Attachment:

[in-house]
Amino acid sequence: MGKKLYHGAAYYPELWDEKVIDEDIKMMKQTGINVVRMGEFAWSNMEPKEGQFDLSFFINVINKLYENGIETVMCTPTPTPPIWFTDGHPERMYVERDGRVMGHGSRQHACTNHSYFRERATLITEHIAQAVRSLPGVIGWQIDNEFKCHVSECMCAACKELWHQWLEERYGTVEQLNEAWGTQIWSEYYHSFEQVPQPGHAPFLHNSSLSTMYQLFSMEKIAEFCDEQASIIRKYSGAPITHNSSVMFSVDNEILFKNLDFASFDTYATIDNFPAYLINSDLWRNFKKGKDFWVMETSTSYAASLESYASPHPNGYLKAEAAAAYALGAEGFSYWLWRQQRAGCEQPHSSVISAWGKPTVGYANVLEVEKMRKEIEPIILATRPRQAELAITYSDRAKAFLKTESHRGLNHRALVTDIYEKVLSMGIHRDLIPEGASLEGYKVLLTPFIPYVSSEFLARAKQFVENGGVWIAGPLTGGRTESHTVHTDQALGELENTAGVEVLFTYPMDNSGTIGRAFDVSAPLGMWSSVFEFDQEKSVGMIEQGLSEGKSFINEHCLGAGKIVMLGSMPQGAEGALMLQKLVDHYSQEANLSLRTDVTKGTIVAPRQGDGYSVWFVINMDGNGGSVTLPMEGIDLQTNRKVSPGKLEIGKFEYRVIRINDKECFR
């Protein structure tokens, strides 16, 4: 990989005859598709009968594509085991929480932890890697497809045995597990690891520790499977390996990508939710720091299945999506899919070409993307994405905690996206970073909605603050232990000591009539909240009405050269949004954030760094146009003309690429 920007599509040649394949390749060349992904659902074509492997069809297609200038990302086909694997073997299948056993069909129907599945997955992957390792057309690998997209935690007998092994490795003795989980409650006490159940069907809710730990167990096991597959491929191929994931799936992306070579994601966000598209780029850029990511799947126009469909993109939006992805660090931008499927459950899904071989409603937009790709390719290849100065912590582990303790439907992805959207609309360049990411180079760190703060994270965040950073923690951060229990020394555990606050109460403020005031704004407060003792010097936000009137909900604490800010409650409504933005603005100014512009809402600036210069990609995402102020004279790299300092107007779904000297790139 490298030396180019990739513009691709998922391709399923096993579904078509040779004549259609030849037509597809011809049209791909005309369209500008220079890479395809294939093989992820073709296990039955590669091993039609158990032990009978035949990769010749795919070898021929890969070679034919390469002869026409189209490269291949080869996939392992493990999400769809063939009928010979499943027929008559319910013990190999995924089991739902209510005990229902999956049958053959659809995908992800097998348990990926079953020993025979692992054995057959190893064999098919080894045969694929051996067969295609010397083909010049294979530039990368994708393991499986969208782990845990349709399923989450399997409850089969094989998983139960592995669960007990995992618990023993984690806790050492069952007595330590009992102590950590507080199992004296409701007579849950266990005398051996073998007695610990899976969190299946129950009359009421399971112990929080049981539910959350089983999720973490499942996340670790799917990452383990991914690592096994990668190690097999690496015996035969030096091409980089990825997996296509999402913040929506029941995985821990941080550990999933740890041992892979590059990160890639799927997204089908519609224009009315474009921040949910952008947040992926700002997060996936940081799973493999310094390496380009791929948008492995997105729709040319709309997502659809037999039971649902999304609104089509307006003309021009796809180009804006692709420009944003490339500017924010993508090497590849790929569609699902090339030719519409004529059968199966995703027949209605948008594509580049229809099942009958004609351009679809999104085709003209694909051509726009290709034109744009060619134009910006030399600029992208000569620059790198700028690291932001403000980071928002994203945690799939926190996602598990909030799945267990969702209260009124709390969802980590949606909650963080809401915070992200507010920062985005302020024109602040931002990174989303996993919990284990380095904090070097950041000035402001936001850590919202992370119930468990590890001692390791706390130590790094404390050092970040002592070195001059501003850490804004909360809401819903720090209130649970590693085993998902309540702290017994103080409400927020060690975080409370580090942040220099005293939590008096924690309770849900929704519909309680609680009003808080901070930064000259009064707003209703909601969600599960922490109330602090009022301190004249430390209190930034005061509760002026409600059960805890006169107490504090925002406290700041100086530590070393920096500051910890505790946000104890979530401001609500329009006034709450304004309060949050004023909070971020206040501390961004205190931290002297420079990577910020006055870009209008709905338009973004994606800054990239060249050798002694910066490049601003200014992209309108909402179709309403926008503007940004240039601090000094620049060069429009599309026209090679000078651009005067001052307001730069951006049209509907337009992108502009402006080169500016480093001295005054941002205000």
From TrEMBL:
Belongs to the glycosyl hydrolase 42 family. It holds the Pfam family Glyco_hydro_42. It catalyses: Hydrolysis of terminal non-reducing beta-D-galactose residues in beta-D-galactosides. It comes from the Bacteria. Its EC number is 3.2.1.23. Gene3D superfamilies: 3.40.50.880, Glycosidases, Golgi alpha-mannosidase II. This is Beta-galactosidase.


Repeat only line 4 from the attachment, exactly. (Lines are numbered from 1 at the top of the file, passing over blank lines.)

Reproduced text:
From TrEMBL: